Why do the Warriors keep winning? Here are a few reasons
The 22-0 Golden State Warriors are off to a record-setting start this season, and have quickly established themselves as a contender for the greatest regular-season team of all-time.
What makes them so great, though? There are obviously myriad factors that determine a team's success and potential, but what stands out?
Over at ESPN.com, Ethan Strauss determined five keys to the Warriors' success. The biggest factor, to no surprise, should be the historic play of Curry, who is having arguably the greatest offensive season ever:
Another big factor has been impressive play of human Swiss Army knife Draymond Green, who is playing like an All-Star right now:
Read the rest of the piece here.
1. Curry is having the greatest season ever
Yes, it's true. While we don't know if what Stephen Curry is doing can be sustained, if it can be, it's the best we've seen. If the season ended today, Curry would finish with the highest-ever PER, win share average, and points per 100 possessions. Basically, Curry is scoring at a rate higher than anyone ever, and doing so with the greatest efficiency we've ever seen from a scorer (70.7 true shooting percentage). He has individually hit more 3-pointers than four NBA teams have. He has connected on 9-of-13 shots beyond 29 feet. It's happening. A player who just three seasons ago wasn't projected as a future superstar is now playing better than all the greats of basketball history. Not coincidentally, the Warriors are winning a lot.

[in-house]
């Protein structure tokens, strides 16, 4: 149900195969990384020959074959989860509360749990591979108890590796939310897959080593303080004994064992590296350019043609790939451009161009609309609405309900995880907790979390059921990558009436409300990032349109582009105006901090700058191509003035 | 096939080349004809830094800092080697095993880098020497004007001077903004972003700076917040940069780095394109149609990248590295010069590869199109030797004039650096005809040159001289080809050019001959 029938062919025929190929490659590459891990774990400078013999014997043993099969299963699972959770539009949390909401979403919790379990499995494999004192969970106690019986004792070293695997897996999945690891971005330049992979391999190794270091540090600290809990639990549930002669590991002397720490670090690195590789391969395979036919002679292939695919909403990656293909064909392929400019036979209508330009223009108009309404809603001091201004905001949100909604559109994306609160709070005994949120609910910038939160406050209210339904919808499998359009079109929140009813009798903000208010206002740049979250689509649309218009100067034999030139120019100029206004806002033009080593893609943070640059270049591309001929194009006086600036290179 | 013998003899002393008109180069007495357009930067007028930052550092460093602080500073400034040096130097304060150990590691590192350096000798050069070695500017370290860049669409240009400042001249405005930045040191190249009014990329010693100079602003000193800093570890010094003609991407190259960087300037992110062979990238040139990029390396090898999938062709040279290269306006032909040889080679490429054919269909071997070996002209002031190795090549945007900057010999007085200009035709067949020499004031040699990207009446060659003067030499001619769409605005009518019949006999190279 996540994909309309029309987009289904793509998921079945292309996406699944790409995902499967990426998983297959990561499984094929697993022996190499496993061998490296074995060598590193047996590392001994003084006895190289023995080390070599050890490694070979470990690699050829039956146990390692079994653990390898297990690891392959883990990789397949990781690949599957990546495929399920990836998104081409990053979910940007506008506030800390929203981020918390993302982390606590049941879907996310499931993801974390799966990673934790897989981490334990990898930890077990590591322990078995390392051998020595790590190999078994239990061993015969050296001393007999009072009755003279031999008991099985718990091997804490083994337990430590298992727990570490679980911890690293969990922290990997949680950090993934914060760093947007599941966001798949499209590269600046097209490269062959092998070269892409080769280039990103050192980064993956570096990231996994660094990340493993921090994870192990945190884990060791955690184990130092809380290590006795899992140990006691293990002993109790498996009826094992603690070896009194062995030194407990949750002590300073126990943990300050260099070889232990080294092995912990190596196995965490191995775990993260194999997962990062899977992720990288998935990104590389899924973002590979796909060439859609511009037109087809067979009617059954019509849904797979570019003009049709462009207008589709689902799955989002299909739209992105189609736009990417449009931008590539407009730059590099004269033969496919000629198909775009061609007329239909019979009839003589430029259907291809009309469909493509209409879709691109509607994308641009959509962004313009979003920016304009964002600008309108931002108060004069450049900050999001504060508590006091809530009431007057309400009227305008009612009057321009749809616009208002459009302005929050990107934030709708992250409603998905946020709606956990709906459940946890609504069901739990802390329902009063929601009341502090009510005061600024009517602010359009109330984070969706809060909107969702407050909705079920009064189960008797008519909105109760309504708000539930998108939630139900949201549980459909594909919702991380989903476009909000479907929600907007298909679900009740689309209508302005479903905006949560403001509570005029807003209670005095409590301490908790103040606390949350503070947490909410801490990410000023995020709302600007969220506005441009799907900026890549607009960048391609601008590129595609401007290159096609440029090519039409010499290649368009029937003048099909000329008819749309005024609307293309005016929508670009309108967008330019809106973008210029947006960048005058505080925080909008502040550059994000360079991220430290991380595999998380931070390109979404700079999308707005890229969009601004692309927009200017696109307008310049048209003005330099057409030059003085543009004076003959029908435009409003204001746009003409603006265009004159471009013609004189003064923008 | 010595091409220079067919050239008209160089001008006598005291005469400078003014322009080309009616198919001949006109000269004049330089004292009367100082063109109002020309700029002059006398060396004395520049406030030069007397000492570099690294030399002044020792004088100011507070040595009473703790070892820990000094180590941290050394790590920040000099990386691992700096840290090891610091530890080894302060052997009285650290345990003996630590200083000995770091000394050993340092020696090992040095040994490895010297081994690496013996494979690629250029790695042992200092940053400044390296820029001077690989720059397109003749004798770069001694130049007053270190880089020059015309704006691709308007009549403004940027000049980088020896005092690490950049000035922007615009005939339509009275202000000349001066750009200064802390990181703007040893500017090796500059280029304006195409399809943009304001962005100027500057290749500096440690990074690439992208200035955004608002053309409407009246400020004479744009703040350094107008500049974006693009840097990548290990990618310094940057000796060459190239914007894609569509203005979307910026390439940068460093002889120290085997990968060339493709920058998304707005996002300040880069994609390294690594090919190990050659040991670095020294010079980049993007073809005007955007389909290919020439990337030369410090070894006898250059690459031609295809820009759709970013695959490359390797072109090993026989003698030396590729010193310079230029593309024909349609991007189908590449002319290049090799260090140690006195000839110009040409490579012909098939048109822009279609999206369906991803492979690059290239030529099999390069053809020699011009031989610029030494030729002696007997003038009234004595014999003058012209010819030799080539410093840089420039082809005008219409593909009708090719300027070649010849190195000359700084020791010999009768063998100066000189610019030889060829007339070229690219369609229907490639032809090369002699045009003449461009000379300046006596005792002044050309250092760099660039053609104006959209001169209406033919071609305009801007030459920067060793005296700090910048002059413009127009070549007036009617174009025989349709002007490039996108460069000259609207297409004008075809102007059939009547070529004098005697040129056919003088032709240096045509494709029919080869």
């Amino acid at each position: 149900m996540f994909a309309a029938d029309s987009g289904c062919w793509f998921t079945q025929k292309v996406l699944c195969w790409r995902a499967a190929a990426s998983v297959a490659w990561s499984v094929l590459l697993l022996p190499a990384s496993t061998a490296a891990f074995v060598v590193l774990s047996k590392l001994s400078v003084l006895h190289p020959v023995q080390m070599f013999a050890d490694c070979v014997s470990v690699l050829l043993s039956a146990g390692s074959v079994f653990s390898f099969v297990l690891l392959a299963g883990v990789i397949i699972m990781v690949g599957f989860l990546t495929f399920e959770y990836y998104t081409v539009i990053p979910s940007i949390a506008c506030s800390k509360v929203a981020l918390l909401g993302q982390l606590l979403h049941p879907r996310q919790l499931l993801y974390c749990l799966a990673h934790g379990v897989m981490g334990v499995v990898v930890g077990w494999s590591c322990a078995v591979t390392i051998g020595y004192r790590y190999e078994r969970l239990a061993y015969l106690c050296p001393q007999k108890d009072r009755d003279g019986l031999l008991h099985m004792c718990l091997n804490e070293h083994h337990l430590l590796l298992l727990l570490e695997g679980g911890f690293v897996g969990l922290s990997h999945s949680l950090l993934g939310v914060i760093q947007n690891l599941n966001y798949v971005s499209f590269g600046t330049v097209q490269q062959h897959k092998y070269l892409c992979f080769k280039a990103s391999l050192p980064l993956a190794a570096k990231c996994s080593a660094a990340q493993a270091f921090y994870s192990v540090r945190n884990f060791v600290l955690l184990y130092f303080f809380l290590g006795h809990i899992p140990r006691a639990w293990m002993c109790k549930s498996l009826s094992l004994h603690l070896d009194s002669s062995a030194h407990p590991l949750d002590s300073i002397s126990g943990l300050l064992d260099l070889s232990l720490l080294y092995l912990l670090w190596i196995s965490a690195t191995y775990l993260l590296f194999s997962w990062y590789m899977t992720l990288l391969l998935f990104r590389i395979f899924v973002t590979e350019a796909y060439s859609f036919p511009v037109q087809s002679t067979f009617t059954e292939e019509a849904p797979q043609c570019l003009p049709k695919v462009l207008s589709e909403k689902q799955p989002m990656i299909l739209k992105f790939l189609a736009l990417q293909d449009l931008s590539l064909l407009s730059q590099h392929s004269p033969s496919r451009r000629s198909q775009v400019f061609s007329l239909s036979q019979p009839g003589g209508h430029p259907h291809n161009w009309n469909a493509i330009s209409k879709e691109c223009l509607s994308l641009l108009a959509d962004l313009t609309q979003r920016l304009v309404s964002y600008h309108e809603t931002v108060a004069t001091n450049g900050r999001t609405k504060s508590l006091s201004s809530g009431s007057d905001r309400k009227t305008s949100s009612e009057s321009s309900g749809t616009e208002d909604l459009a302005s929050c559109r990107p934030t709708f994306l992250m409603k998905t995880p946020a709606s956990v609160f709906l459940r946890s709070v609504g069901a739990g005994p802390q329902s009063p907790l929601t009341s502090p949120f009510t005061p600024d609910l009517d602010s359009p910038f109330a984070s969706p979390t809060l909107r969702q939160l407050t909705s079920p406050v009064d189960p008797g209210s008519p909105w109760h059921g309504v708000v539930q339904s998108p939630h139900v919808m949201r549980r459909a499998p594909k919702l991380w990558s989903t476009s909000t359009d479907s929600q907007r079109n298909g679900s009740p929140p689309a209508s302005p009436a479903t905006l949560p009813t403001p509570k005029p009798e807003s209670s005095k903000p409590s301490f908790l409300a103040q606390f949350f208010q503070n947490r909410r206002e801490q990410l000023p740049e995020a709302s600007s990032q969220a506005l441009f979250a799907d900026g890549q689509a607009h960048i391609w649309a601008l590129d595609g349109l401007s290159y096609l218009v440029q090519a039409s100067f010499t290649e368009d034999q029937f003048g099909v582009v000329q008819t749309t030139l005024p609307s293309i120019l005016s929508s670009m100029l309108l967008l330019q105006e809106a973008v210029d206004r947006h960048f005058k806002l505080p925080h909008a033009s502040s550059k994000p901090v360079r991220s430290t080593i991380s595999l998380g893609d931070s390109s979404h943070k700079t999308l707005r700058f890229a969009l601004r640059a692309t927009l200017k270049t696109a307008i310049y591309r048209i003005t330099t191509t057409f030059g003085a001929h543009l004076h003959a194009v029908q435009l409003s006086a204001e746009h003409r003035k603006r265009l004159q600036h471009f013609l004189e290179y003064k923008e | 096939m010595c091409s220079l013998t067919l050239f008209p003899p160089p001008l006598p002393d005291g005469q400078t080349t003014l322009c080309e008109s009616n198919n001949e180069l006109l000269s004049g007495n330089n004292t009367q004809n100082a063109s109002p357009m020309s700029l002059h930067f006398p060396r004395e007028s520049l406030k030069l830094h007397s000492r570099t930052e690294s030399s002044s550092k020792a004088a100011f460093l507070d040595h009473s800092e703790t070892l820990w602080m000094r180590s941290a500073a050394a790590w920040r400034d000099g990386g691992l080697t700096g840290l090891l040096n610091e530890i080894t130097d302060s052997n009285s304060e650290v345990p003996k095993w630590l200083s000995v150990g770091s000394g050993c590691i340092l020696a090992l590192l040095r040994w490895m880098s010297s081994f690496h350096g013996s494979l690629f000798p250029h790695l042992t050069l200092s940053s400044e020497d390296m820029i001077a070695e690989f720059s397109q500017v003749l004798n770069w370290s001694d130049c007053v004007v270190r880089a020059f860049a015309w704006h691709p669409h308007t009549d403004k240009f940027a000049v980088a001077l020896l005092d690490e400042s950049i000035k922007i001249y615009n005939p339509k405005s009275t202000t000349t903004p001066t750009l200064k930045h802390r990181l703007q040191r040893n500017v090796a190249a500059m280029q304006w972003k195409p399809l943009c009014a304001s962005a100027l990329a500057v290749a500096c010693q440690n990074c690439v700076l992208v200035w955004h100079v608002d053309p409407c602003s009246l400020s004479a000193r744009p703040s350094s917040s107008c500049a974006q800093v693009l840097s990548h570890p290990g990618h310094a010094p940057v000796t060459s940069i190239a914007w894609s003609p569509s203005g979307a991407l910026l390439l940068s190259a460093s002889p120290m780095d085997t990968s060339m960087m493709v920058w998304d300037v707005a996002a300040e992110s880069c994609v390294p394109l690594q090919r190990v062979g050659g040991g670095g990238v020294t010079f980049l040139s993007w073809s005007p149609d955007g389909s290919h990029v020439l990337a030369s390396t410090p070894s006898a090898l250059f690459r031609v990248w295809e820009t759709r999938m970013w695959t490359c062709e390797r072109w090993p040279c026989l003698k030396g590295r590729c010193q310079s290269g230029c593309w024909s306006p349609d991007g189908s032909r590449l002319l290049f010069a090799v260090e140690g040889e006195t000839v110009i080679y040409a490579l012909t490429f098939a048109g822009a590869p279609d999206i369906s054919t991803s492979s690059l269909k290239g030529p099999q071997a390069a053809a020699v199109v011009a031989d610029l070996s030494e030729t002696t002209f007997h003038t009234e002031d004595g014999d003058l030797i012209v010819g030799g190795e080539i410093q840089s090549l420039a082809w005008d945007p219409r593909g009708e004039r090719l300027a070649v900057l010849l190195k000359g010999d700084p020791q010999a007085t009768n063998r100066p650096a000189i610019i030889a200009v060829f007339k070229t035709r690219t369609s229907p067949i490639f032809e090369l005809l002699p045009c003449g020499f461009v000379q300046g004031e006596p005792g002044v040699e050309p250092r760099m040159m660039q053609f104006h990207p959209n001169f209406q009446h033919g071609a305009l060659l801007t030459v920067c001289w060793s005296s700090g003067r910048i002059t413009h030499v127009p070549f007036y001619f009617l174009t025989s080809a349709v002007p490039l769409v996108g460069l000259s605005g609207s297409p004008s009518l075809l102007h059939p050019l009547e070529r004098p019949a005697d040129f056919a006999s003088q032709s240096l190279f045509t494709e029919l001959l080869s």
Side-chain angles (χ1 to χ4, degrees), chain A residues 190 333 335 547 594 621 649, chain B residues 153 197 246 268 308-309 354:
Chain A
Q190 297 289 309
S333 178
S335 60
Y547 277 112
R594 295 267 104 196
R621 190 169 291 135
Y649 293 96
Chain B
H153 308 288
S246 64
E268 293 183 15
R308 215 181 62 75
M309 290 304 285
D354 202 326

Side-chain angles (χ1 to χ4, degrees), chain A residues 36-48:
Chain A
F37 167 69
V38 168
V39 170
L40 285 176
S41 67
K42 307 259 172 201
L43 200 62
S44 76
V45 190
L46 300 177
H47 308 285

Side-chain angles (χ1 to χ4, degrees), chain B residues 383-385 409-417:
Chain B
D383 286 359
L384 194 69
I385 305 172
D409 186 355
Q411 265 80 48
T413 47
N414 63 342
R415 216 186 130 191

5. Green is an All-Star
Draymond Green's stats represent a caricature of well-roundedness: 13.3 points, 8.5 rebounds, 7.2 assists, 1.4 blocks, 38.8 percent from 3-point range. He has always been an ace defensive player, but now he's progressing quickly on the offensive end. Last season saw the advent of “Drailbreak” possessions, instances where Green grabbed a rebound and pushed it himself in transition. He has expanded on that, while directing more offense when Curry gets double-teamed. He does everything on the court, save generating contested isolation jumpers. In this era, that's more than OK.